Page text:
Low Back Pain, most likely, we've all had it at one point... Tension in the Quadratus Lumborum muscle is a common cause of low back pain and discomfort. There are many causes for tension in this muscle as it is a "prime mover" in bilateral extension of the lumbar vertebrae (sitting up straight!) and unilaterally a lateral flexor of the lumbar vertebrae.

To understand lateral flexion of the lumbar vertebrae, imagine you are holding a sack of groceries or a small child on one hip.  Guess what...? You are uni-laterally flexing your lumbar vertebrae.  That means, among many other things (other involved muscles and joints, etc.) the quadratus lumborum is shortened on one side (the side with the child or sack of groceries) and lengthened on the other.  In an anatomy class at the Swedish Institute, an instructor there referred to this muscle as the "hip hiker" as it "hikes" up your hip on one side...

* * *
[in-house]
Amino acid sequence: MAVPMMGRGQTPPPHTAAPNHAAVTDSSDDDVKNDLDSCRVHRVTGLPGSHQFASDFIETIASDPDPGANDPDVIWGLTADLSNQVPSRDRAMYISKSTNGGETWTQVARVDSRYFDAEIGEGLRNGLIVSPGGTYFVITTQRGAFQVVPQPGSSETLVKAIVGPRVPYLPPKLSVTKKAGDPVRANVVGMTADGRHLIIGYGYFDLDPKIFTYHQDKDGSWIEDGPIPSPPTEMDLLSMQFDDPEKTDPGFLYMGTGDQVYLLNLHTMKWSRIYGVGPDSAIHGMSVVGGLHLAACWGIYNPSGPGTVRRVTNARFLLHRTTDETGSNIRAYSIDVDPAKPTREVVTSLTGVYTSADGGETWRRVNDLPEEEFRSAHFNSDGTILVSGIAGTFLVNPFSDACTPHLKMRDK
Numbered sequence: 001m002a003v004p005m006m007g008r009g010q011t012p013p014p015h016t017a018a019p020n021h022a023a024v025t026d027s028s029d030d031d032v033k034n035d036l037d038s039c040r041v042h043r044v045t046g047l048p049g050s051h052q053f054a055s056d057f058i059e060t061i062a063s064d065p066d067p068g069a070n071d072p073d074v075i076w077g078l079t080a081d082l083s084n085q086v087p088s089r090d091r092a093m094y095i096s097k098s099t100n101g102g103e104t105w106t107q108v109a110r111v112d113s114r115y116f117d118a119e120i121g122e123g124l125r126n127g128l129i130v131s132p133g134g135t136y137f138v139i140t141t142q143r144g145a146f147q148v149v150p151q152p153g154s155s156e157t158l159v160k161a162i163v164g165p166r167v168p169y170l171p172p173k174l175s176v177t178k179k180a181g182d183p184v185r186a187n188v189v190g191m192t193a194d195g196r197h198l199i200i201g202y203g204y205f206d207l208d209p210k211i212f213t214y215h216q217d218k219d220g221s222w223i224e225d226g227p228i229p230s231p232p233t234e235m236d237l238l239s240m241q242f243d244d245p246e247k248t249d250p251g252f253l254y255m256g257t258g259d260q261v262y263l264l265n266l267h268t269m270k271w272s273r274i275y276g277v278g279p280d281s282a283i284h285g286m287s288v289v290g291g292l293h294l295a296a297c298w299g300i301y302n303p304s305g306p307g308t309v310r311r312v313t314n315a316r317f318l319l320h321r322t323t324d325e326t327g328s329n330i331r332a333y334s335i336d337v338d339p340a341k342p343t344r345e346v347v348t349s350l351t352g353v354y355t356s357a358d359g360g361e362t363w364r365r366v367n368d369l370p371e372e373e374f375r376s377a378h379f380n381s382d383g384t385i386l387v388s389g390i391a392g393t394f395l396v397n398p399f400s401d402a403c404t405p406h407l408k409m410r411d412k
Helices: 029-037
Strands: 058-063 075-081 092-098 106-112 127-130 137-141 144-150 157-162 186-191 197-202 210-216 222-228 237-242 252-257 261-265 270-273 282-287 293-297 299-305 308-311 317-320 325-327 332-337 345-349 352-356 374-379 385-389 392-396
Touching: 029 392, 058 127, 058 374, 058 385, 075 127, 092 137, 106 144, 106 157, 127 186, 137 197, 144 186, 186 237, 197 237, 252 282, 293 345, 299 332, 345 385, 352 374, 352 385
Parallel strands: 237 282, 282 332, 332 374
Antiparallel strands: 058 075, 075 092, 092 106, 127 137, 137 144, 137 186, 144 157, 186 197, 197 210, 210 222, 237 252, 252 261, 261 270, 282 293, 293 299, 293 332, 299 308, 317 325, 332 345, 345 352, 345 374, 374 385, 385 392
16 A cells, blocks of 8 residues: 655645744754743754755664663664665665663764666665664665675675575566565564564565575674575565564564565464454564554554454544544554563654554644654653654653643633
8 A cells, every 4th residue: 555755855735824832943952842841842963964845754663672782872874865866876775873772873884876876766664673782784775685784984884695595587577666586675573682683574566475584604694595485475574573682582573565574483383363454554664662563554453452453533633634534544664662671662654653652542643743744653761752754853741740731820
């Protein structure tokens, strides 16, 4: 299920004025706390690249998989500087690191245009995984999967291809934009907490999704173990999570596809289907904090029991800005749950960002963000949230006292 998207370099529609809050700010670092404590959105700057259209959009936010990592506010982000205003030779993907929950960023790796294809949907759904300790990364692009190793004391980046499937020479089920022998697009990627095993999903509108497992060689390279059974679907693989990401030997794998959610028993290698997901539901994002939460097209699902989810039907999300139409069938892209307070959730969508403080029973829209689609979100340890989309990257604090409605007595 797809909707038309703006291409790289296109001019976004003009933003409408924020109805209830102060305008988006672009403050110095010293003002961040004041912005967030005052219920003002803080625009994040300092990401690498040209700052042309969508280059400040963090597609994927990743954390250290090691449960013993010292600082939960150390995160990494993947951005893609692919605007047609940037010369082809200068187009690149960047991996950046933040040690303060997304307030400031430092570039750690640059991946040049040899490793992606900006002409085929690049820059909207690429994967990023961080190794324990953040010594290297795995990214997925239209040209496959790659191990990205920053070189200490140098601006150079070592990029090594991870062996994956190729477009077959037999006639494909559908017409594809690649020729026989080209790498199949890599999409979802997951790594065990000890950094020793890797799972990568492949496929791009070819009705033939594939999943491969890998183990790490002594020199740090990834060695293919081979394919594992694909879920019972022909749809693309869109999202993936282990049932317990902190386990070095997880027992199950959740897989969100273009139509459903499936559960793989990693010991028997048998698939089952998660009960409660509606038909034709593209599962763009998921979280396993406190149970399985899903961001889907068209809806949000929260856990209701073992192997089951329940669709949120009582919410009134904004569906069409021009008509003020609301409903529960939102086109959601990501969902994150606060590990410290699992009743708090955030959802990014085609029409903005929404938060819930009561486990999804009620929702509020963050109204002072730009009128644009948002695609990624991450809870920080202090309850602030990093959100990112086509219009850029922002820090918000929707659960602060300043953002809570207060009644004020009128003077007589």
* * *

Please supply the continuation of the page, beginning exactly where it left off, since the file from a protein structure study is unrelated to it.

If you take a look at the magnificent artistry of Frank Netter in the illustration below, you will see that quadratus lumborum goes from the last (12th) rib, along the lumbar vertebrae and to the iliac crest (the top of your hips which you can feel when you reach around to your back with your hands, specifically, with your thumbs).

Posterior view of the low back - Quadratus Lumborum (Netter, Frank, M.D., Atlas of Human Anatomy, 2nd ed., Novartis, 1997)

In order to find this muscle on yourself, wrap your hands around your hips (as if you're standing like a super-hero!), your thumbs behind you on your back and your fingertips in front of you on your abdomen, under your ribs. a super -hero!